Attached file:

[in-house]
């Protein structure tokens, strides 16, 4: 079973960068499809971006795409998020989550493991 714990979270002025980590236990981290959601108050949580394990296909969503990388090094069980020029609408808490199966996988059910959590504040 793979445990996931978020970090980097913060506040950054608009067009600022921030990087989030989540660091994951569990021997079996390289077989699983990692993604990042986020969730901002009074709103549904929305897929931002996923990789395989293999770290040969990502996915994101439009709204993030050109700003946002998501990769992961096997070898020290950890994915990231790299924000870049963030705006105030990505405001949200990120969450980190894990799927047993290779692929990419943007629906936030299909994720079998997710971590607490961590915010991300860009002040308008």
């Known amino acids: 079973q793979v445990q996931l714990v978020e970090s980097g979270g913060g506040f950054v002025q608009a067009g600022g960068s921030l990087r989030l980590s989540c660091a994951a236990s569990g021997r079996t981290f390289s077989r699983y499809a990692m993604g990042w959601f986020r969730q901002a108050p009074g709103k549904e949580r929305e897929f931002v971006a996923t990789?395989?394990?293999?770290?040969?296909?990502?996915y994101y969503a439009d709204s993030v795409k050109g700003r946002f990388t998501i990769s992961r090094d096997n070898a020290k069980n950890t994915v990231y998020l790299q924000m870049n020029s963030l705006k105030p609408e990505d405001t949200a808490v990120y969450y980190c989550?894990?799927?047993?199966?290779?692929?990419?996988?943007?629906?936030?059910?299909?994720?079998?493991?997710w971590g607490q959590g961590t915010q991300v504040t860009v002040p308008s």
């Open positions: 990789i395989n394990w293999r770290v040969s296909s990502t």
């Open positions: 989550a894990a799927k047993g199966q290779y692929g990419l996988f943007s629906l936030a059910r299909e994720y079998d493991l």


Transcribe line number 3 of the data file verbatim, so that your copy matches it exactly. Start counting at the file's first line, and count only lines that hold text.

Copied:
């Known amino acids: 079973q793979v445990q996931l714990v978020e970090s980097g979270g913060g506040f950054v002025q608009a067009g600022g960068s921030l990087r989030l980590s989540c660091a994951a236990s569990g021997r079996t981290f390289s077989r699983y499809a990692m993604g990042w959601f986020r969730q901002a108050p009074g709103k549904e949580r929305e897929f931002v971006a996923t990789?395989?394990?293999?770290?040969?296909?990502?996915y994101y969503a439009d709204s993030v795409k050109g700003r946002f990388t998501i990769s992961r090094d096997n070898a020290k069980n950890t994915v990231y998020l790299q924000m870049n020029s963030l705006k105030p609408e990505d405001t949200a808490v990120y969450y980190c989550?894990?799927?047993?199966?290779?692929?990419?996988?943007?629906?936030?059910?299909?994720?079998?493991?997710w971590g607490q959590g961590t915010q991300v504040t860009v002040p308008s």